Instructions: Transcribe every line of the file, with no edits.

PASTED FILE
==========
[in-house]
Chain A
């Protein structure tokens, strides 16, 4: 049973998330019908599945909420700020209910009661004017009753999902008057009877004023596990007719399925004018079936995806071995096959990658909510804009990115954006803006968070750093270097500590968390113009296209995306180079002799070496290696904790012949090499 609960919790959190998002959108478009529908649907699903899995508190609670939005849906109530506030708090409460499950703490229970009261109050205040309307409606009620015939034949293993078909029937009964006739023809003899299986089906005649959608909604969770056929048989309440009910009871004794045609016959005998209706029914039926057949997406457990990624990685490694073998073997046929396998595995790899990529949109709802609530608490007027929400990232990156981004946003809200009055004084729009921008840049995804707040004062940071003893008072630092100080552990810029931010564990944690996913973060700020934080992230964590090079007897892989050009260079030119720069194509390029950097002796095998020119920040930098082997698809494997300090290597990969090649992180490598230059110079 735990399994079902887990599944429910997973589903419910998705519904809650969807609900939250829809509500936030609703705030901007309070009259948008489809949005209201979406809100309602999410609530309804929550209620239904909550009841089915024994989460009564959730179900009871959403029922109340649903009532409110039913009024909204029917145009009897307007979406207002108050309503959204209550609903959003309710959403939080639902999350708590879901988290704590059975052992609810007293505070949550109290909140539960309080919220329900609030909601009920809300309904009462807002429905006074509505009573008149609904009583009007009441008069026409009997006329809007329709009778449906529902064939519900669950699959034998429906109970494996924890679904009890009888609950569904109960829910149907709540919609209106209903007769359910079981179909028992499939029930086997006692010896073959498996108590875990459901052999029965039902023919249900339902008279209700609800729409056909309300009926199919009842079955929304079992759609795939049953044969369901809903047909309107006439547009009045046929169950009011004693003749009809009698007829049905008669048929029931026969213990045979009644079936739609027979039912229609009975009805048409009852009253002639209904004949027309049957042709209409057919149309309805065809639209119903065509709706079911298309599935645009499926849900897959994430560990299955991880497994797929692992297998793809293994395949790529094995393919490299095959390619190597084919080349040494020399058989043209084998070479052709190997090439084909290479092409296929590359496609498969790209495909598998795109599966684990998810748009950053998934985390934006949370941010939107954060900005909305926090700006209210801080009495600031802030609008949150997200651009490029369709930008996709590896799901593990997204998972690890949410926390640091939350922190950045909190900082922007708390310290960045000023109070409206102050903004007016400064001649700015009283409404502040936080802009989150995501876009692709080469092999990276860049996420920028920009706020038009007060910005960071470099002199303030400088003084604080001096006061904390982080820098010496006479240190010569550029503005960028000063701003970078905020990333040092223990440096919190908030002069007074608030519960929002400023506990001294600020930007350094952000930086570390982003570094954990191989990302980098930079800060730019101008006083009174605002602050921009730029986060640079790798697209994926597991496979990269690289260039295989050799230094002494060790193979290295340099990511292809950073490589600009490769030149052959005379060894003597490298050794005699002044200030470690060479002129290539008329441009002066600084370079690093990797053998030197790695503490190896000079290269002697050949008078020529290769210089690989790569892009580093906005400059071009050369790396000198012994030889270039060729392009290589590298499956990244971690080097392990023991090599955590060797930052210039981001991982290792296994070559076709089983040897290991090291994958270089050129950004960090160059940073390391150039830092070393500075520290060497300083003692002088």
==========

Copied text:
[in-house]
Chain A
């Protein structure tokens, strides 16, 4: 049973998330019908599945909420700020209910009661004017009753999902008057009877004023596990007719399925004018079936995806071995096959990658909510804009990115954006803006968070750093270097500590968390113009296209995306180079002799070496290696904790012949090499 609960919790959190998002959108478009529908649907699903899995508190609670939005849906109530506030708090409460499950703490229970009261109050205040309307409606009620015939034949293993078909029937009964006739023809003899299986089906005649959608909604969770056929048989309440009910009871004794045609016959005998209706029914039926057949997406457990990624990685490694073998073997046929396998595995790899990529949109709802609530608490007027929400990232990156981004946003809200009055004084729009921008840049995804707040004062940071003893008072630092100080552990810029931010564990944690996913973060700020934080992230964590090079007897892989050009260079030119720069194509390029950097002796095998020119920040930098082997698809494997300090290597990969090649992180490598230059110079 735990399994079902887990599944429910997973589903419910998705519904809650969807609900939250829809509500936030609703705030901007309070009259948008489809949005209201979406809100309602999410609530309804929550209620239904909550009841089915024994989460009564959730179900009871959403029922109340649903009532409110039913009024909204029917145009009897307007979406207002108050309503959204209550609903959003309710959403939080639902999350708590879901988290704590059975052992609810007293505070949550109290909140539960309080919220329900609030909601009920809300309904009462807002429905006074509505009573008149609904009583009007009441008069026409009997006329809007329709009778449906529902064939519900669950699959034998429906109970494996924890679904009890009888609950569904109960829910149907709540919609209106209903007769359910079981179909028992499939029930086997006692010896073959498996108590875990459901052999029965039902023919249900339902008279209700609800729409056909309300009926199919009842079955929304079992759609795939049953044969369901809903047909309107006439547009009045046929169950009011004693003749009809009698007829049905008669048929029931026969213990045979009644079936739609027979039912229609009975009805048409009852009253002639209904004949027309049957042709209409057919149309309805065809639209119903065509709706079911298309599935645009499926849900897959994430560990299955991880497994797929692992297998793809293994395949790529094995393919490299095959390619190597084919080349040494020399058989043209084998070479052709190997090439084909290479092409296929590359496609498969790209495909598998795109599966684990998810748009950053998934985390934006949370941010939107954060900005909305926090700006209210801080009495600031802030609008949150997200651009490029369709930008996709590896799901593990997204998972690890949410926390640091939350922190950045909190900082922007708390310290960045000023109070409206102050903004007016400064001649700015009283409404502040936080802009989150995501876009692709080469092999990276860049996420920028920009706020038009007060910005960071470099002199303030400088003084604080001096006061904390982080820098010496006479240190010569550029503005960028000063701003970078905020990333040092223990440096919190908030002069007074608030519960929002400023506990001294600020930007350094952000930086570390982003570094954990191989990302980098930079800060730019101008006083009174605002602050921009730029986060640079790798697209994926597991496979990269690289260039295989050799230094002494060790193979290295340099990511292809950073490589600009490769030149052959005379060894003597490298050794005699002044200030470690060479002129290539008329441009002066600084370079690093990797053998030197790695503490190896000079290269002697050949008078020529290769210089690989790569892009580093906005400059071009050369790396000198012994030889270039060729392009290589590298499956990244971690080097392990023991090599955590060797930052210039981001991982290792296994070559076709089983040897290991090291994958270089050129950004960090160059940073390391150039830092070393500075520290060497300083003692002088």